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Dislocation-twin boundary interactions induced nanocrystalline via SPD processing in bulk metals.

Zhang F, Feng X, Yang Z, Kang J, Wang T - Sci Rep (2015)

Bottom Line: This report investigated dislocation-twin boundary (TB) interactions that cause the TB to disappear and turn into a high-angle grain boundary (GB).The evolution of the microstructural characteristics of Hadfield steel was shown as a function of severe plastic deformation processing time.These reactions induced atomic steps on the TB and led to the accumulation of gliding dislocations at the TB, which resulted in the transition from coherent TB to incoherent GB.

View Article: PubMed Central - PubMed

Affiliation: State Key Laboratory of Metastable Materials Science and Technology, Yanshan University, Qinhuangdao 066004, China.

ABSTRACT
This report investigated dislocation-twin boundary (TB) interactions that cause the TB to disappear and turn into a high-angle grain boundary (GB). The evolution of the microstructural characteristics of Hadfield steel was shown as a function of severe plastic deformation processing time. Sessile Frank partial dislocations and/or sessile unit dislocations were formed on the TB through possible dislocation reactions. These reactions induced atomic steps on the TB and led to the accumulation of gliding dislocations at the TB, which resulted in the transition from coherent TB to incoherent GB. The factors that affect these interactions were described, and a physical model was established to explain in detail the feasible dislocation reactions at the TB.

No MeSH data available.


Related in: MedlinePlus

Nanocrystalline boundary structure of sample surface subjected to HSP for 8 × 104 times: (a) equiaxed nanocrystalline; (b) a close view of area “b” in Fig. 1(a); (c) a close view of area “c” in Fig. 1(a) and corresponding fast Fourier-transformed image in a black rectangular box; (d) inverse fast Fourier-transformed image of area “d” in Fig. 1(c).
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f1: Nanocrystalline boundary structure of sample surface subjected to HSP for 8 × 104 times: (a) equiaxed nanocrystalline; (b) a close view of area “b” in Fig. 1(a); (c) a close view of area “c” in Fig. 1(a) and corresponding fast Fourier-transformed image in a black rectangular box; (d) inverse fast Fourier-transformed image of area “d” in Fig. 1(c).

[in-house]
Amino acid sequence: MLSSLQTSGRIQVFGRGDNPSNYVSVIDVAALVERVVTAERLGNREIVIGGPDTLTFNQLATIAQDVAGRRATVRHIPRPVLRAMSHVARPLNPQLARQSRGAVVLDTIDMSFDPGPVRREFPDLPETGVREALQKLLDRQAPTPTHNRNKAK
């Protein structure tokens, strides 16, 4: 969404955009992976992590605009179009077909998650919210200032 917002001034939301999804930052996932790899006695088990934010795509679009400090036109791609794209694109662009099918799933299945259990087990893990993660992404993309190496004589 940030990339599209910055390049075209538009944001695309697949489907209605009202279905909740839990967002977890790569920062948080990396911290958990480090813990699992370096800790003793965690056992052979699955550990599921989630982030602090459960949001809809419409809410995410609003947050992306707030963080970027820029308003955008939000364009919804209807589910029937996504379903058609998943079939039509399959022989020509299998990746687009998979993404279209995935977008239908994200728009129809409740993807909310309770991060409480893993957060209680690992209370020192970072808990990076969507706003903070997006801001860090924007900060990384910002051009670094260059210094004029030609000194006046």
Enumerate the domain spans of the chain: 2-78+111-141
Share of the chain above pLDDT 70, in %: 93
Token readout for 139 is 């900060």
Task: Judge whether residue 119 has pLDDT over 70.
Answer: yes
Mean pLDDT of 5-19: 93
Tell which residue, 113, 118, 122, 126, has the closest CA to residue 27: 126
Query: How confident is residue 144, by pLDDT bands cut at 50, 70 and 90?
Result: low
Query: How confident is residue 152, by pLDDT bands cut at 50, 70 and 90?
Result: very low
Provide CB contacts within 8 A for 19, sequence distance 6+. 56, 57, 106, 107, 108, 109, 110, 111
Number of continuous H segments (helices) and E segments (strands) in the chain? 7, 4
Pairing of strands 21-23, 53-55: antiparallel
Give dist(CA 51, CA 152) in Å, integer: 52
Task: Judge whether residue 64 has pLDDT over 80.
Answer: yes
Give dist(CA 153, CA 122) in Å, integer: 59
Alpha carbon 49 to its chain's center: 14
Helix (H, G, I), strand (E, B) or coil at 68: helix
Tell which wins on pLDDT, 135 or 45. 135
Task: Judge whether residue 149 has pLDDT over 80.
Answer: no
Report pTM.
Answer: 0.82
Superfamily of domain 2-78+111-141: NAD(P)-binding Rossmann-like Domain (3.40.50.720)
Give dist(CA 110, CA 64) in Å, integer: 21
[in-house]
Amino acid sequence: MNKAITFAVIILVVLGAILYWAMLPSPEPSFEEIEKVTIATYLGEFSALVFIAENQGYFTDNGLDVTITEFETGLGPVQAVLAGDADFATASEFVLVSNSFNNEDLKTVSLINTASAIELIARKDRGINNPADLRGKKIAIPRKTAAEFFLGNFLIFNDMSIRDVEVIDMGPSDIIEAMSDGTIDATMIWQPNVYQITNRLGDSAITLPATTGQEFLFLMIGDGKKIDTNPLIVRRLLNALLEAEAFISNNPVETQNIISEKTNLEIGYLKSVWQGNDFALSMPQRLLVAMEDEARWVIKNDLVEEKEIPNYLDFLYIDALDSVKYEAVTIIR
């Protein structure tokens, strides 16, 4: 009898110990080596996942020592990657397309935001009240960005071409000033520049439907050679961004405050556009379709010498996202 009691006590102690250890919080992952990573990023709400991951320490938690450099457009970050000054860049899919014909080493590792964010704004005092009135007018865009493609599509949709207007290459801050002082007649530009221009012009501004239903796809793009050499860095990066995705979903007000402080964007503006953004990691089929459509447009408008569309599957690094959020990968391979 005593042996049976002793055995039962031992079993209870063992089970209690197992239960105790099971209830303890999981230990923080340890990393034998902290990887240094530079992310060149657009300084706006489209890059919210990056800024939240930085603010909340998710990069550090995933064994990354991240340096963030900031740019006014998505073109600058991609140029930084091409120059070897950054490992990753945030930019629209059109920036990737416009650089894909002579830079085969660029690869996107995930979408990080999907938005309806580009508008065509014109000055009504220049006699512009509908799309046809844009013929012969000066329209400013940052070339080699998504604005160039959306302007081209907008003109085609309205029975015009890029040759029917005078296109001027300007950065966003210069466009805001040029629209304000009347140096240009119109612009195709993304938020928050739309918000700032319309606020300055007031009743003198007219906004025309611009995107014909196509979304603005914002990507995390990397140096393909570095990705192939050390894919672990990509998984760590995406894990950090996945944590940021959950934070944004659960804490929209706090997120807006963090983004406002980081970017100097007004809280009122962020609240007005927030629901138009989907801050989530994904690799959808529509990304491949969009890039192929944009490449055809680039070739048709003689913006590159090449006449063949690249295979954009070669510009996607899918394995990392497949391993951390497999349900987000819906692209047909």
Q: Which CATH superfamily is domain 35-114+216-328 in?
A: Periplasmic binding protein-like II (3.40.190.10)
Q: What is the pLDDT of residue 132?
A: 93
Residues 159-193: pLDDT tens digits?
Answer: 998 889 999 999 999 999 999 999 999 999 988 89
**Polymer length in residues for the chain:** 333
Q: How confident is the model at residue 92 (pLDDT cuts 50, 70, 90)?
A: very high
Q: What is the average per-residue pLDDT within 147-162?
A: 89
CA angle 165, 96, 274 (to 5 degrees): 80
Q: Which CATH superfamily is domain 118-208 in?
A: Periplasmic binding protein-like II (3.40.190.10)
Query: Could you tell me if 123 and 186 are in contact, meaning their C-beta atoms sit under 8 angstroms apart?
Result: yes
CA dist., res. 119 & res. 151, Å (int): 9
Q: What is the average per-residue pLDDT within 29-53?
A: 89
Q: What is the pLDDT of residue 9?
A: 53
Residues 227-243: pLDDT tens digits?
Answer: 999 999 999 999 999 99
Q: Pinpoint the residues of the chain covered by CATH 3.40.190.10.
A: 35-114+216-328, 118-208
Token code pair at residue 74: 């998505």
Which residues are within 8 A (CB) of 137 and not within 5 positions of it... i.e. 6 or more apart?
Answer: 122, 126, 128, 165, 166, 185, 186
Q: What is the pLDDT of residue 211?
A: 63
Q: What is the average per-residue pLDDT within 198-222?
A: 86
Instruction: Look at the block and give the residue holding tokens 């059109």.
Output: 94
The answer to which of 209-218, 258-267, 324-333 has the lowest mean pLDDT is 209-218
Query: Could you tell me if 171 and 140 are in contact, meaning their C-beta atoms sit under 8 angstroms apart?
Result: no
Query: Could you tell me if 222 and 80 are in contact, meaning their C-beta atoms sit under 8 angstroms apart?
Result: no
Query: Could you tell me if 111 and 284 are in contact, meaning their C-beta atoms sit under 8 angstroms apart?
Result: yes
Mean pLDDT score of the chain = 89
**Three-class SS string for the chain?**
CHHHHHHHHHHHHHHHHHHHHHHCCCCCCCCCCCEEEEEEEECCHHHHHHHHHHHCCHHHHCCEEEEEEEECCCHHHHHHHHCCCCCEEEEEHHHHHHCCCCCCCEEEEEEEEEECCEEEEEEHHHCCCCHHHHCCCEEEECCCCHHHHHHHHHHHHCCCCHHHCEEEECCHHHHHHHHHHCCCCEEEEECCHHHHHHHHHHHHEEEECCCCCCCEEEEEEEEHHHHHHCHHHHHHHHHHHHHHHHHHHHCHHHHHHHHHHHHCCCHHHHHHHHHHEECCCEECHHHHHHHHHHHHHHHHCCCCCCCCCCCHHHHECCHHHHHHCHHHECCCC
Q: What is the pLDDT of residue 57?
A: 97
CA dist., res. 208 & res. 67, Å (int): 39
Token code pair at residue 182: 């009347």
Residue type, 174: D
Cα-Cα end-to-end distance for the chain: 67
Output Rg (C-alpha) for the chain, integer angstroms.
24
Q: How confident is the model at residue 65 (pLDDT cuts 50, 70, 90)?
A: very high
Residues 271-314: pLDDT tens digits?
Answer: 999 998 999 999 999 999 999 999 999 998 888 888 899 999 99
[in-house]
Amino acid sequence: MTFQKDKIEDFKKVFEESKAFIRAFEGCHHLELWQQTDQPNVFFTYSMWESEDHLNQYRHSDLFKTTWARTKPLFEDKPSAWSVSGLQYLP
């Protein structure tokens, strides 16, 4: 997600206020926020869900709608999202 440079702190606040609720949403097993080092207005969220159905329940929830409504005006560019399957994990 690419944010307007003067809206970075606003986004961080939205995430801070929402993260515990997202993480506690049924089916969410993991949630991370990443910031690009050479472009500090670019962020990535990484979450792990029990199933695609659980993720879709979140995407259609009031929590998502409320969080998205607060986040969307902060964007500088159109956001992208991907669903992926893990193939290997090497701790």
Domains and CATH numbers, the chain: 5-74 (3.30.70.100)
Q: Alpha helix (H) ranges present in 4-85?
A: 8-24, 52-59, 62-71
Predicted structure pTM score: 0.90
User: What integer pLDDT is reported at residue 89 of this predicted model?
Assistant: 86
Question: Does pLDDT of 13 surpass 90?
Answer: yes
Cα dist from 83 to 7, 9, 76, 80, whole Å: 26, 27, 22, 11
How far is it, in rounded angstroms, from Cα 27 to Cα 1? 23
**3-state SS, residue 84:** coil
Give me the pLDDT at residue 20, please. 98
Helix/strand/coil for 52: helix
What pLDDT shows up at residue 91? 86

Mentions: A nanocrystalline surface layer formed after HSP was performed 8 × 104 times (Fig. 1). A close view of area “b” in Fig. 1(a) reveals the presence of several dislocations and the absence of twinning, as shown in Fig. 1(b). HRTEM observation (Fig. 1c) on the boundary between adjacent nanograins was performed to clarify dislocation–TB interactions. The green lines indicate the location of () planes on both sides of a () TB. Two grains in the nanoscale share a twin relationship, as indicated by the fast Fourier-transformed image in Fig. 1(c). The results reveal that the feasible dislocation–TB interactions cause the TB to disappear and turn into a grain boundary (GB) during nanocrystallization. Fig. 1(d) shows the inverse fast Fourier-transformed image of area “d” in Fig. 1(c). As shown in the area, the presence of the curved TB is associated with some unit dislocations. Meanwhile, multiple dislocation tangles or stacking faults occur around the TB, leading to the transition from coherent TB to incoherent high-angle GB.